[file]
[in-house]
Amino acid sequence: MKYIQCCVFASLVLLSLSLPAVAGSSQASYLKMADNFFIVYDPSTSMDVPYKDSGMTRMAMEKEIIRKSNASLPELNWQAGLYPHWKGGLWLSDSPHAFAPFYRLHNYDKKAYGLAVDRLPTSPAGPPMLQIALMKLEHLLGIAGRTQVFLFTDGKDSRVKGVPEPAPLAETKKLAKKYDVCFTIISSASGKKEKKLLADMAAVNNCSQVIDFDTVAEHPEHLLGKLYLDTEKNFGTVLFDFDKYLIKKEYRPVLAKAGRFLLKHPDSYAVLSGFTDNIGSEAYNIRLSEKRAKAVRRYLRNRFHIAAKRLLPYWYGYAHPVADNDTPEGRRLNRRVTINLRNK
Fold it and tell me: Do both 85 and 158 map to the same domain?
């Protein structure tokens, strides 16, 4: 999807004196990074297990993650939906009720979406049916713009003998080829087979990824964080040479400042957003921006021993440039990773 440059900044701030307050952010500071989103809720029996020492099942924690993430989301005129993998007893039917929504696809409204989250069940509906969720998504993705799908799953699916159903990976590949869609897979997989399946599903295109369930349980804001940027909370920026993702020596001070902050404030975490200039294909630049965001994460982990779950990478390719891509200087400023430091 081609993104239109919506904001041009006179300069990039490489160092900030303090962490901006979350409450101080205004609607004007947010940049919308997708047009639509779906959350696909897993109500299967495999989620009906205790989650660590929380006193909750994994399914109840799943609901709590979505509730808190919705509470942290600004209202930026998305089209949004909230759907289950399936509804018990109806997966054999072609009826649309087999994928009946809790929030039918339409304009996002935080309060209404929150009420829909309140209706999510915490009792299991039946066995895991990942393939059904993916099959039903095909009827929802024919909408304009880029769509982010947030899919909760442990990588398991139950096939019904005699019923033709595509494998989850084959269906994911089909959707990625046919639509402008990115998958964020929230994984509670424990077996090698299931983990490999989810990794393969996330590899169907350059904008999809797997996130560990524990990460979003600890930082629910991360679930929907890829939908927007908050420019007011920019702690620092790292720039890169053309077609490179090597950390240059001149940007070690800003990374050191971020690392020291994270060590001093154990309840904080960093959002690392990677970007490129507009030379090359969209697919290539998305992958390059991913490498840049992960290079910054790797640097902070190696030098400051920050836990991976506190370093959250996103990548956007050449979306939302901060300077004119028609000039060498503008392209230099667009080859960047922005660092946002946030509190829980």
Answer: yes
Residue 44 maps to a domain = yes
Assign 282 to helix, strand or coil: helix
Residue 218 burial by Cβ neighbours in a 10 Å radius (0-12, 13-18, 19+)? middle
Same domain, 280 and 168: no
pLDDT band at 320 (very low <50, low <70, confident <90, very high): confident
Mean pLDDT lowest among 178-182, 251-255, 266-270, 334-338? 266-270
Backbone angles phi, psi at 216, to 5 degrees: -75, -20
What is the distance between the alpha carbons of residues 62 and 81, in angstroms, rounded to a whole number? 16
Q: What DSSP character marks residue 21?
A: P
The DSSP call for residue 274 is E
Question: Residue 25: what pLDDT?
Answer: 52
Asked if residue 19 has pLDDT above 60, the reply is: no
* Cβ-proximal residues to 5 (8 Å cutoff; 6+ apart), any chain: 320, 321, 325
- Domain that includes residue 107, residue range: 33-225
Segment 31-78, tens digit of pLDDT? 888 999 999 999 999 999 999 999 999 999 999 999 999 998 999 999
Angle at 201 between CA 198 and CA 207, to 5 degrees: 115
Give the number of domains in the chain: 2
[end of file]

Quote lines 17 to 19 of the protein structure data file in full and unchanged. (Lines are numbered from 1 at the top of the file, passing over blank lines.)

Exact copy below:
Question: Residue 25: what pLDDT?
Answer: 52
Asked if residue 19 has pLDDT above 60, the reply is: no